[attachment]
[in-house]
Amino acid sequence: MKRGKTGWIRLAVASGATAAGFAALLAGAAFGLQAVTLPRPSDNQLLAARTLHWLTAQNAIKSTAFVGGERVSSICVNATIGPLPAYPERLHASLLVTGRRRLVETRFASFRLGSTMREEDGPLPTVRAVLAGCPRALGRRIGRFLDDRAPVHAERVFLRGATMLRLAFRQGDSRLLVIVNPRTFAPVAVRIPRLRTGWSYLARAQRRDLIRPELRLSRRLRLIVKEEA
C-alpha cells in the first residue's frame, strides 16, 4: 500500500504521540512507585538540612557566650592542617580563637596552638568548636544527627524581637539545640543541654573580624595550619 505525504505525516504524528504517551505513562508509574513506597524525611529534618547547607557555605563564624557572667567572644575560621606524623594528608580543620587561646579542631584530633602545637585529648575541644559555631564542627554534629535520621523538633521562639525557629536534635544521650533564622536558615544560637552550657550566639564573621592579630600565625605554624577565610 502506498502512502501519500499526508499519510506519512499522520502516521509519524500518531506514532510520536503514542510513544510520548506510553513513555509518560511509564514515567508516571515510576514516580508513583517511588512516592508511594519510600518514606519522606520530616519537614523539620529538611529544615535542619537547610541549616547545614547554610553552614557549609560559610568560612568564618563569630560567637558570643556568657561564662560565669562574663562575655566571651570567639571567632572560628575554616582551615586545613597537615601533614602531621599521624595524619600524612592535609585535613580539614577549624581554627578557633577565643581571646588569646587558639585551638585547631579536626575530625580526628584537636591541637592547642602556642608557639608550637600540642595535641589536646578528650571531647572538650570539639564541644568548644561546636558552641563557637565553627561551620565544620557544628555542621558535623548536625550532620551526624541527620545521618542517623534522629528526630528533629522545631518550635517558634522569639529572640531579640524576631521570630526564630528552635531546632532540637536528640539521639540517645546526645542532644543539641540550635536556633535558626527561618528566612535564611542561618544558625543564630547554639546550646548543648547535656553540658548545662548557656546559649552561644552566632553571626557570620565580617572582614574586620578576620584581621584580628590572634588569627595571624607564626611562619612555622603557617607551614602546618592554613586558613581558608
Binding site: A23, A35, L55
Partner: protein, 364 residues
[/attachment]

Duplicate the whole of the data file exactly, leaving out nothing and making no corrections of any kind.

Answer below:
[in-house]
Amino acid sequence: MKRGKTGWIRLAVASGATAAGFAALLAGAAFGLQAVTLPRPSDNQLLAARTLHWLTAQNAIKSTAFVGGERVSSICVNATIGPLPAYPERLHASLLVTGRRRLVETRFASFRLGSTMREEDGPLPTVRAVLAGCPRALGRRIGRFLDDRAPVHAERVFLRGATMLRLAFRQGDSRLLVIVNPRTFAPVAVRIPRLRTGWSYLARAQRRDLIRPELRLSRRLRLIVKEEA
C-alpha cells in the first residue's frame, strides 16, 4: 500500500504521540512507585538540612557566650592542617580563637596552638568548636544527627524581637539545640543541654573580624595550619 505525504505525516504524528504517551505513562508509574513506597524525611529534618547547607557555605563564624557572667567572644575560621606524623594528608580543620587561646579542631584530633602545637585529648575541644559555631564542627554534629535520621523538633521562639525557629536534635544521650533564622536558615544560637552550657550566639564573621592579630600565625605554624577565610 502506498502512502501519500499526508499519510506519512499522520502516521509519524500518531506514532510520536503514542510513544510520548506510553513513555509518560511509564514515567508516571515510576514516580508513583517511588512516592508511594519510600518514606519522606520530616519537614523539620529538611529544615535542619537547610541549616547545614547554610553552614557549609560559610568560612568564618563569630560567637558570643556568657561564662560565669562574663562575655566571651570567639571567632572560628575554616582551615586545613597537615601533614602531621599521624595524619600524612592535609585535613580539614577549624581554627578557633577565643581571646588569646587558639585551638585547631579536626575530625580526628584537636591541637592547642602556642608557639608550637600540642595535641589536646578528650571531647572538650570539639564541644568548644561546636558552641563557637565553627561551620565544620557544628555542621558535623548536625550532620551526624541527620545521618542517623534522629528526630528533629522545631518550635517558634522569639529572640531579640524576631521570630526564630528552635531546632532540637536528640539521639540517645546526645542532644543539641540550635536556633535558626527561618528566612535564611542561618544558625543564630547554639546550646548543648547535656553540658548545662548557656546559649552561644552566632553571626557570620565580617572582614574586620578576620584581621584580628590572634588569627595571624607564626611562619612555622603557617607551614602546618592554613586558613581558608
Binding site: A23, A35, L55
Partner: protein, 364 residues